For Kirkenes, whose fluctuating fortunes have long been tied to an on-again, off-again iron-ore mine on the western edge of the peninsula, Chinese interest in the thawing Arctic looks like a lifeline.
“There is no alternative for the Chinese,” Rafaelsen said, pointing to the geography of Norways northern archipelagos. “Its not Tromsø, its not Narvik, its not Bergen.” Kirkenes unique position as the first ice-free port on the European side of the Northern Sea Route, he claims, makes it the ideal place for an Arctic shipping hub.
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To fulfill that vision, Kirkenes will need much more than a port. Goods landing in the European Arctic are still far from the hungry markets of the major cities further south, and currently, theres no way to get them there.
To solve this problem, the Norwegian, Finnish and Estonian governments have explored building various sections of a so-called Arctic Corridor, including a railway linking Kirkenes to Rovaniemi, in Finnish Lapland, and an undersea tunnel connecting Helsinki to Tallinn, Estonia.
But these projects are expensive, and with the future of the Northern Sea Route still uncertain, governments have been reluctant to put money on the table. In February, the Norwegian-Finnish working group scoping the Arctic railway declared the project commercially unviable under current cargo estimates. The Finnish and Estonian governments have been sitting on a feasibility study of the Helsinki-Tallinn tunnel since early 2018. Frustrated by government inaction, some northern entrepreneurs have taken matters into their own hands.
“This is the center of Norway … This is the closest Norway comes to something that is important regarding foreign policy. Nothing is happening in Oslo” — Rune Rafaelsen
In March this year, Finnish entrepreneur Peter Vesterbacka, best known as a creator of the hit game Angry Birds, signed a €15 billion deal with Beijing-backed investment firm Touchstone Capital Partners — as well as three Chinese construction firms — to build the Helsinki-Tallinn tunnel, which he says will be operational in 2024. If the agreement bears fruit, it will be the largest Chinese investment in Northern Europe.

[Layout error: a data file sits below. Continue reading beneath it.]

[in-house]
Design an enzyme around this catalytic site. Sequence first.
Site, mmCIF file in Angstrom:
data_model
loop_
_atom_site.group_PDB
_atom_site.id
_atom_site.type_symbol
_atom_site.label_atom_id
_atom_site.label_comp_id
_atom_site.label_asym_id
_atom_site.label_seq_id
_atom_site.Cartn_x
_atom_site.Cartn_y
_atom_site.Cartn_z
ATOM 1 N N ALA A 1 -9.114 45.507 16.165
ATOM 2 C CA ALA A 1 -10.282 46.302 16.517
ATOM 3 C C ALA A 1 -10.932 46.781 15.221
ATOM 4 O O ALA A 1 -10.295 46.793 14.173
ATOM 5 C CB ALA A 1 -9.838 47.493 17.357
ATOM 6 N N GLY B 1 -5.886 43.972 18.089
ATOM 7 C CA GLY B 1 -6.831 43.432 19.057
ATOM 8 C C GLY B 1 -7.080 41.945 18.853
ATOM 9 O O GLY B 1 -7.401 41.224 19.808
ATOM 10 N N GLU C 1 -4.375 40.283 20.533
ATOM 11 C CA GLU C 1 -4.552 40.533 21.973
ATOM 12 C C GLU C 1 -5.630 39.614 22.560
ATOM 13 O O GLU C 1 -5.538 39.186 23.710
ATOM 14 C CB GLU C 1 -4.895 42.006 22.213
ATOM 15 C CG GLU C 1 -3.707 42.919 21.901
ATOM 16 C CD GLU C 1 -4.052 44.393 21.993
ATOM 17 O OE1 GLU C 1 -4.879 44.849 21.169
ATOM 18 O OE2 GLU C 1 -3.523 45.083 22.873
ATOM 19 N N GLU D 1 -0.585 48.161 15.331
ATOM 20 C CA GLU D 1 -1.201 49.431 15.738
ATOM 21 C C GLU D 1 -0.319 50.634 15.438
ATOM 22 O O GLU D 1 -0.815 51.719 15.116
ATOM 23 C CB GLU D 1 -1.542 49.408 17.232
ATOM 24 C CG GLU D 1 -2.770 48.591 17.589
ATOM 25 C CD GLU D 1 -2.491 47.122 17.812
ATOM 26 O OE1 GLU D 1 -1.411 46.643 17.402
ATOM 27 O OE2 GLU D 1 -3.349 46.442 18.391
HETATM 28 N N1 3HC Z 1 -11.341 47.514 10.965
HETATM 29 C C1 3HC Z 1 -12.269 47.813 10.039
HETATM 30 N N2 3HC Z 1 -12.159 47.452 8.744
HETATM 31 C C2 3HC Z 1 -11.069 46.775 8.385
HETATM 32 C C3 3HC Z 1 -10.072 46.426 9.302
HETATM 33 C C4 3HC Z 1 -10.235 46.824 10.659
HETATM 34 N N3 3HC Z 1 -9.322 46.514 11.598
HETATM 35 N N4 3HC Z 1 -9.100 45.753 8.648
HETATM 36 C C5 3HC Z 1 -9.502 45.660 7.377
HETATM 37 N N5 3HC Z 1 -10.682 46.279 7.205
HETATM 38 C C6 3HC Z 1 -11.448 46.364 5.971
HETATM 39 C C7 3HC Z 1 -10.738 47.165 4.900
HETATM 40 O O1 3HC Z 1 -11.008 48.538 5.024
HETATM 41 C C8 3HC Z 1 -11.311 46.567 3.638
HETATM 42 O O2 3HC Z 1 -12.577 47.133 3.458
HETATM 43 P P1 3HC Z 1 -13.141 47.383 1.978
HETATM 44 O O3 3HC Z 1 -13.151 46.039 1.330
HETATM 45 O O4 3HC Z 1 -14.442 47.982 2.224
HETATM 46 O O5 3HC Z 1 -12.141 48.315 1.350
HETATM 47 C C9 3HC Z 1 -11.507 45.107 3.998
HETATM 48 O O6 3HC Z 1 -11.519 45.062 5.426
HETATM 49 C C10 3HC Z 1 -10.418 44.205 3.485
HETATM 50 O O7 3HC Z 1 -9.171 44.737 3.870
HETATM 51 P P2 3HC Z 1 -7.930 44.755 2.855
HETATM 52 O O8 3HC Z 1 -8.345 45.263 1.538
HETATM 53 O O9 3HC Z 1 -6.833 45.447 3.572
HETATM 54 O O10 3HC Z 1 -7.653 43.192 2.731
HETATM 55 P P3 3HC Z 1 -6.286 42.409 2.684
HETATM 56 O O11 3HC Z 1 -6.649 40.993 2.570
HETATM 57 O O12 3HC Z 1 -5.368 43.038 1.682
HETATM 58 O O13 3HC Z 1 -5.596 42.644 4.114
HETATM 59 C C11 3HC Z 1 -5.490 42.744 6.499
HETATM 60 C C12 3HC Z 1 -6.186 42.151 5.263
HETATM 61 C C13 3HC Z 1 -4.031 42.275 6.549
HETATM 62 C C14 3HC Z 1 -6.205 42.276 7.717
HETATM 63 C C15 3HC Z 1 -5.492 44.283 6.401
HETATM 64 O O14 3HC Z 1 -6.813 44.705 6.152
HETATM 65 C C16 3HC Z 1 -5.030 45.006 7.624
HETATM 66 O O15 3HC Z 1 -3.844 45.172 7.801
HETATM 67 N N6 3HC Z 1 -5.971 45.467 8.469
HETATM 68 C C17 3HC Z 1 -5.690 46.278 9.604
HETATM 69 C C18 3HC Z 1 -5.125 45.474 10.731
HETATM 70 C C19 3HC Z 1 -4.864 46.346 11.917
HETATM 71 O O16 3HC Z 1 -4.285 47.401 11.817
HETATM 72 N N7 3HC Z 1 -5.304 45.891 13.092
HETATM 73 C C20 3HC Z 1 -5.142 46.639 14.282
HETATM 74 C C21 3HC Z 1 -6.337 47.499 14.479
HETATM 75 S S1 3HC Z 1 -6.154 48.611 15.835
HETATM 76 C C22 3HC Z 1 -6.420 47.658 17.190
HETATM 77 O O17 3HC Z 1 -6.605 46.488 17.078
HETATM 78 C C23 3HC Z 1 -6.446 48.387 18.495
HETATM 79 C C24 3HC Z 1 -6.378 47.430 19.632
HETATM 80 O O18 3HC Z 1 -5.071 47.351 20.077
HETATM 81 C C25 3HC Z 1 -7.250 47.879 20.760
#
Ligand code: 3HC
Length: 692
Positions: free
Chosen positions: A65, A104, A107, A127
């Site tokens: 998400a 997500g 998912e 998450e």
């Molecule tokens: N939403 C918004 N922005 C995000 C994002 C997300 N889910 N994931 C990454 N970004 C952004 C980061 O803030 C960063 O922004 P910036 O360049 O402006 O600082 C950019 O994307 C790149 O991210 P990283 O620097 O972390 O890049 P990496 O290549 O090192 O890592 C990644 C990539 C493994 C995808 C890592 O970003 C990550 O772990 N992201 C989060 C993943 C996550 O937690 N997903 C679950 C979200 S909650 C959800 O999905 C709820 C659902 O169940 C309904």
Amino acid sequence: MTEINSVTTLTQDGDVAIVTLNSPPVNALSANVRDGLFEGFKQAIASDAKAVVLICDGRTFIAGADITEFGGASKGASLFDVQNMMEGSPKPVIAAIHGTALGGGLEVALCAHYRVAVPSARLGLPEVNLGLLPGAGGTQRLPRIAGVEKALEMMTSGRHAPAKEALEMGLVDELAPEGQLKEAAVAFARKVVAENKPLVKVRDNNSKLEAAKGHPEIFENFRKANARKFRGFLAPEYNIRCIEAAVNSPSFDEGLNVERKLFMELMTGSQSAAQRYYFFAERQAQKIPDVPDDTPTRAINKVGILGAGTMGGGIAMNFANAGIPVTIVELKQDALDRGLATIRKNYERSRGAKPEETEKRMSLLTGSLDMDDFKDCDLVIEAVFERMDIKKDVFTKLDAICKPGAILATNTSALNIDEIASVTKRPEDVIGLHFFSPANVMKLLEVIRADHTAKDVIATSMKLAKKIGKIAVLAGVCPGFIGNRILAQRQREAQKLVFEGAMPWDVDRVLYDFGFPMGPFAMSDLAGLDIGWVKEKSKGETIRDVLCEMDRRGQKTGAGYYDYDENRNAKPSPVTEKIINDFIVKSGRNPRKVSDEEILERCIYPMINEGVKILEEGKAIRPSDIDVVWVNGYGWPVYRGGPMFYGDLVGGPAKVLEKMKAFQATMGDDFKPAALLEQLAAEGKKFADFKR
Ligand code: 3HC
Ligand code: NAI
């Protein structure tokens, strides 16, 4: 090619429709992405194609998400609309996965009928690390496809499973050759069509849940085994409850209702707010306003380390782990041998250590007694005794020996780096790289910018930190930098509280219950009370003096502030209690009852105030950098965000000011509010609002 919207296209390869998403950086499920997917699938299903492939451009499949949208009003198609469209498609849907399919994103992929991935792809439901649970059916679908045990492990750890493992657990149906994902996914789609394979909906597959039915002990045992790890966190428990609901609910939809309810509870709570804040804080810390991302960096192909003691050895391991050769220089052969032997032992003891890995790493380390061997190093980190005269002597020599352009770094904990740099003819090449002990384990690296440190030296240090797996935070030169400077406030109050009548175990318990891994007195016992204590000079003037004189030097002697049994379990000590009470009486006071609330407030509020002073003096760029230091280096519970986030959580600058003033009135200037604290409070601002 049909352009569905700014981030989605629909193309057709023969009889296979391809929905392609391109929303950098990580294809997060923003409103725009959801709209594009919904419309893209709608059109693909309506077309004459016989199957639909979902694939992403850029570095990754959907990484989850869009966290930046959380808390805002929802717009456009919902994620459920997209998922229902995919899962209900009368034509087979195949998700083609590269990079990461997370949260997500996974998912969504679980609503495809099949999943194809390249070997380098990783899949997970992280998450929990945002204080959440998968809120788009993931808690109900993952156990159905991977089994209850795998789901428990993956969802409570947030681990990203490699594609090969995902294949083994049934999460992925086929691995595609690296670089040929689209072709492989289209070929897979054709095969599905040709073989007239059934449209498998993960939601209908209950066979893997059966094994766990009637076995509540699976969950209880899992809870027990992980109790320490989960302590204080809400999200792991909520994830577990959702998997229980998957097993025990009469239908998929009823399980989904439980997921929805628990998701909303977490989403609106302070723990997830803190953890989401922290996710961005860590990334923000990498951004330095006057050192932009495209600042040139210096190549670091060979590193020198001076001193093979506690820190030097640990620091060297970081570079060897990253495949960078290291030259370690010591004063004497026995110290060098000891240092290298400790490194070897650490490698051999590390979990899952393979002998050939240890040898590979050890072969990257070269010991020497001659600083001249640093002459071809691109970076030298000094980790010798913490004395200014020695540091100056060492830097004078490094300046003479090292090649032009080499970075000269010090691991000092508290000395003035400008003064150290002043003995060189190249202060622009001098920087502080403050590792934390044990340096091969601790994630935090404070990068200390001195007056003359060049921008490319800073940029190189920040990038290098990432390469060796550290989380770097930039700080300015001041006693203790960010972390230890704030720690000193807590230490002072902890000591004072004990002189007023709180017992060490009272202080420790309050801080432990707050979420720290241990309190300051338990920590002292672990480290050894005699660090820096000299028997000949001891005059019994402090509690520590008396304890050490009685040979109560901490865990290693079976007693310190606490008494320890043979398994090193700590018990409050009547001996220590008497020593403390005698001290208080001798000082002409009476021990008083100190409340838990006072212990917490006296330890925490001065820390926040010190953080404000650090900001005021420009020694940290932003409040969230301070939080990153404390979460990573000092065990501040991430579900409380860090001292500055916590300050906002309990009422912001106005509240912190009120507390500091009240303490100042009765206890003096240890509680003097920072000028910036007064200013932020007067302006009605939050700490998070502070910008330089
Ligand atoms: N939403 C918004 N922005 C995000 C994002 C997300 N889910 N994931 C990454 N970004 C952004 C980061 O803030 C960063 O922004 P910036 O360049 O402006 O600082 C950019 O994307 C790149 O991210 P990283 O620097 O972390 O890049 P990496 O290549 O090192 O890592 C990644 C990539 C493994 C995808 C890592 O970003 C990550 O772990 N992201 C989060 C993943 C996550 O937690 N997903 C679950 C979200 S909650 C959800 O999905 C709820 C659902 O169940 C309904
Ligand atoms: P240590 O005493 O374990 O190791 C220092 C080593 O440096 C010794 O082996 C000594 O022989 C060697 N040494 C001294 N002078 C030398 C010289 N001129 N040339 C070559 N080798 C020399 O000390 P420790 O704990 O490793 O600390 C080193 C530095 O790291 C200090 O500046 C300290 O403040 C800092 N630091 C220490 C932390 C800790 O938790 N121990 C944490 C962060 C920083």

Since then, Kirkenes-based public development company Sør-Varanger Utvikling has inked a preliminary deal with Vesterbackas company, FinEstBayArea Development, to build the Arctic railway.
Sør-Varanger Utvikling Chief Executive Kenneth Stålsett insisted it was too early to talk about funding sources, but acknowledged that Chinas interest in the region certainly presented “an opportunity,” as well as some uncertainty about whether the Norwegian government would approve large amounts of foreign funding for this kind of project.
But Rafaelsen says drawing attention to the question of foreign investment is part of his strategy. He is using the specter of Chinese development to show Oslo that “we should own our own infrastructure.”
Mayor Rune Rafelsen is very optimistic about what Chinese investment can do for his rural community | Isabella Borshoff for POLITICO
“This is the center of Norway … This is the closest Norway comes to something that is important regarding foreign policy. Nothing is happening in Oslo,” Rafaelsen said. “They dont understand whats going on up here. They dont have a clue.”
At Norways foreign ministry, State Secretary Audun Halvorsen said the increase in shipping activity in the Arctic region was mainly related to “petroleum projects in Russia, fishing activity and cruise tourism,” adding: “The commercial use of the Northern Sea Route as a transit route between Europe and Asia remains limited. A number of factors can explain this, such as demanding weather and ice conditions.”